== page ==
Making it to Monday: Keeping it Simple

Last week I had the distinct privilege of writing this sweet little article for our school newsletter.  It is an important part of our family traditions, I hope you enjoy!


The holidays are full of to do lists and traditions.  A few years ago, I was so overwhelmed with December that I vowed to do everything in my power to enjoy the holidays and not “have to” my way through them.  So, I said no. I said no to Christmas Cards and the Elf on the Shelf. I said no to cookie exchanges and ugly sweater parties.  I said no to white elephant gifts and Christmas caroling.  And along with all that saying no came a whole bunch of saying yes. I said yes to family time and cookie baking. I said yes to homemade bread and Christmas movies.  I said yes to Christmas lights and hot chocolate.  But the most important yes we kept in our holiday life was the preservation of New Year’s Gifts.

Growing up my family had a unique holiday tradition.  Every New Year’s morning we would each find a gift at the kitchen table.  It was always a book – just one, and it was a most coveted treasure.  It was the part of the Holidays that I looked forward to most.  While my brothers raced to the Christmas tree with the dawn, I stayed up late into the night on New Year’s Eve dreaming of what treasure I would find at the kitchen table come morning.  I remember the year I received the entire Anne of Green Gables Series in hardcover and the year that the Sound of Music book came out and how I cried when I found it New Year’s Morning.   So many of the characters that shaped my young life arrived on the first day of the New Year.  Ramona, and Laura Ingalls, Pippi and the Little Women were the girls that I spent long winters curled up with on the couch and stayed up with late into the night.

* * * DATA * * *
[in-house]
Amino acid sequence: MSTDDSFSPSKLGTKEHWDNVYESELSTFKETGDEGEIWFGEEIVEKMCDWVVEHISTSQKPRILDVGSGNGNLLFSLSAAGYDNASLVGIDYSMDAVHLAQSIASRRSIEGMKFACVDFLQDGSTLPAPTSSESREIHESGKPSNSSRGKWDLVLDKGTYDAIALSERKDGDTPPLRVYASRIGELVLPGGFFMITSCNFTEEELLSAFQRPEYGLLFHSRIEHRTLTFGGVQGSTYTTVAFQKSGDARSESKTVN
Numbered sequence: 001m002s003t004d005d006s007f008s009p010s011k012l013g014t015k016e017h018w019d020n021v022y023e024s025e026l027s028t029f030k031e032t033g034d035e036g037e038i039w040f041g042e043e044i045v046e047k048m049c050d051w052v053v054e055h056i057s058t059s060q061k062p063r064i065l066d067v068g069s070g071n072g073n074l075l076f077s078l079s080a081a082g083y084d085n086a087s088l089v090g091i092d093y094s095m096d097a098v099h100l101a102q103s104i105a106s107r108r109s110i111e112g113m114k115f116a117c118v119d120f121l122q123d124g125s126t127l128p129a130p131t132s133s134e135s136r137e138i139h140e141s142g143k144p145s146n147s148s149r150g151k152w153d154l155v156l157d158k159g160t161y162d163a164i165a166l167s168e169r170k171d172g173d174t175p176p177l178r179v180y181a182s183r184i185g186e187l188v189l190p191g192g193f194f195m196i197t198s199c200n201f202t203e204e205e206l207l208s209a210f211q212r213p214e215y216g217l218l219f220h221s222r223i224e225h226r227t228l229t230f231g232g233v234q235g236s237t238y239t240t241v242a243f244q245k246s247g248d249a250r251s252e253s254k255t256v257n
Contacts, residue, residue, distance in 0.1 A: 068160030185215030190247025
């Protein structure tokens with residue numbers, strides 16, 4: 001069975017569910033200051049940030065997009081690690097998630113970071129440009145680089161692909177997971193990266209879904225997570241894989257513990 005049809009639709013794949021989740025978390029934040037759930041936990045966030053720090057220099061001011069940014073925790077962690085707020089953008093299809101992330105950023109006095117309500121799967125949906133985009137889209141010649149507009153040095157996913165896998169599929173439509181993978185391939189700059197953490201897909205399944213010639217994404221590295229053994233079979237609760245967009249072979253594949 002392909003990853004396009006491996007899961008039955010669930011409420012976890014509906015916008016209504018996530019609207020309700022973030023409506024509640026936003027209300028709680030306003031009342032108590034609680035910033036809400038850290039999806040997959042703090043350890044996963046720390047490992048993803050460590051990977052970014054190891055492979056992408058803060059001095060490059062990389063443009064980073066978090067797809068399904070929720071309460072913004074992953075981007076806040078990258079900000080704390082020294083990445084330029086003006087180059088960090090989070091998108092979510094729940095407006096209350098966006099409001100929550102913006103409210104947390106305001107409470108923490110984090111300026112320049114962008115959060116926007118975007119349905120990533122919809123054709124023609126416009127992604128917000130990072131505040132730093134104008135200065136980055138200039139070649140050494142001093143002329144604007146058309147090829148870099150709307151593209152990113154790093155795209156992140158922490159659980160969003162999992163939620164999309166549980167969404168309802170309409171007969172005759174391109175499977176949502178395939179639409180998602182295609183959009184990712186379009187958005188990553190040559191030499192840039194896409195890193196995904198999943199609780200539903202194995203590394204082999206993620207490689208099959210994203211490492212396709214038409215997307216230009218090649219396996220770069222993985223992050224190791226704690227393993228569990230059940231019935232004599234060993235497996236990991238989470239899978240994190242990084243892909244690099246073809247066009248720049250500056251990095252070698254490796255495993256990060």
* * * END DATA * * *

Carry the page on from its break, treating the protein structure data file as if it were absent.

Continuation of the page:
Now that my children are growing and their interests are widening, I find such joy searching for just the right book for their New Year. I spend hours at book stores and online choosing just the right story.  For us it’s more than just a book, it’s even more than the gift of reading, it’s the gift of present.  The present we share when we all climb onto the couch in the living room for a few minutes or hours with our new treasures.  The present that disappears when reading about the past, or the future, or places they’ve never seen.  We are giving them the freedom to escape the present for just a few minutes into a world that doesn’t exist anywhere but in the palm of their hand.  It is a present of the present, if you will.

For most of us, New Year’s Day begins our journey of new self, new diets, new exercise plans, or new resolve.  We begin with those things too, but first our New Year begins with a new story. It’s a reminder to the grown-ups that we are authoring our own story and each year we begin a new chapter. For the children, it’s the reminder that a new story opens a world of what might be.

This week begins my book hunt.  The Christmas presents are purchased and the house is decorated.  All that’s left is hours at a bookstore with my family in mind.  It’s not a bad way to spend December if you ask me.